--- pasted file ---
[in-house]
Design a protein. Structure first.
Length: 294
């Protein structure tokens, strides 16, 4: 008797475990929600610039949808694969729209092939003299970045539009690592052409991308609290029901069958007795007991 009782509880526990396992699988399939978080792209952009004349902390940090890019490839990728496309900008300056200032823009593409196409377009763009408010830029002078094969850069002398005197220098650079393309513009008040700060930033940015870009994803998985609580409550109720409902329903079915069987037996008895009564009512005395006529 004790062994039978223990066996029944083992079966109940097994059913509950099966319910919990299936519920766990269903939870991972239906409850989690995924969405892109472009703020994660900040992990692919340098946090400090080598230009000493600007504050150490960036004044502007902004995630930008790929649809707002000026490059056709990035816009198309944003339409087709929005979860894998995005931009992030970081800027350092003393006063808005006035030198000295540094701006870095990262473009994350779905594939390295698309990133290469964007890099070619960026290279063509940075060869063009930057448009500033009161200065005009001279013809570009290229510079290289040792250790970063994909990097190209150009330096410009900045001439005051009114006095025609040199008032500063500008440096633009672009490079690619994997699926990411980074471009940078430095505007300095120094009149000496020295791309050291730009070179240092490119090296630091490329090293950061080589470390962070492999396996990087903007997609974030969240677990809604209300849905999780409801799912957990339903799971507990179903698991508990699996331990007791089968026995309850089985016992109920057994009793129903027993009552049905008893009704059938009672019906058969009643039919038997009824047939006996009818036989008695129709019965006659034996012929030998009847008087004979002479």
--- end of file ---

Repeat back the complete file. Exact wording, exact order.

[in-house]
Design a protein. Structure first.
Length: 294
């Protein structure tokens, strides 16, 4: 008797475990929600610039949808694969729209092939003299970045539009690592052409991308609290029901069958007795007991 009782509880526990396992699988399939978080792209952009004349902390940090890019490839990728496309900008300056200032823009593409196409377009763009408010830029002078094969850069002398005197220098650079393309513009008040700060930033940015870009994803998985609580409550109720409902329903079915069987037996008895009564009512005395006529 004790062994039978223990066996029944083992079966109940097994059913509950099966319910919990299936519920766990269903939870991972239906409850989690995924969405892109472009703020994660900040992990692919340098946090400090080598230009000493600007504050150490960036004044502007902004995630930008790929649809707002000026490059056709990035816009198309944003339409087709929005979860894998995005931009992030970081800027350092003393006063808005006035030198000295540094701006870095990262473009994350779905594939390295698309990133290469964007890099070619960026290279063509940075060869063009930057448009500033009161200065005009001279013809570009290229510079290289040792250790970063994909990097190209150009330096410009900045001439005051009114006095025609040199008032500063500008440096633009672009490079690619994997699926990411980074471009940078430095505007300095120094009149000496020295791309050291730009070179240092490119090296630091490329090293950061080589470390962070492999396996990087903007997609974030969240677990809604209300849905999780409801799912957990339903799971507990179903698991508990699996331990007791089968026995309850089985016992109920057994009793129903027993009552049905008893009704059938009672019906058969009643039919038997009824047939006996009818036989008695129709019965006659034996012929030998009847008087004979002479």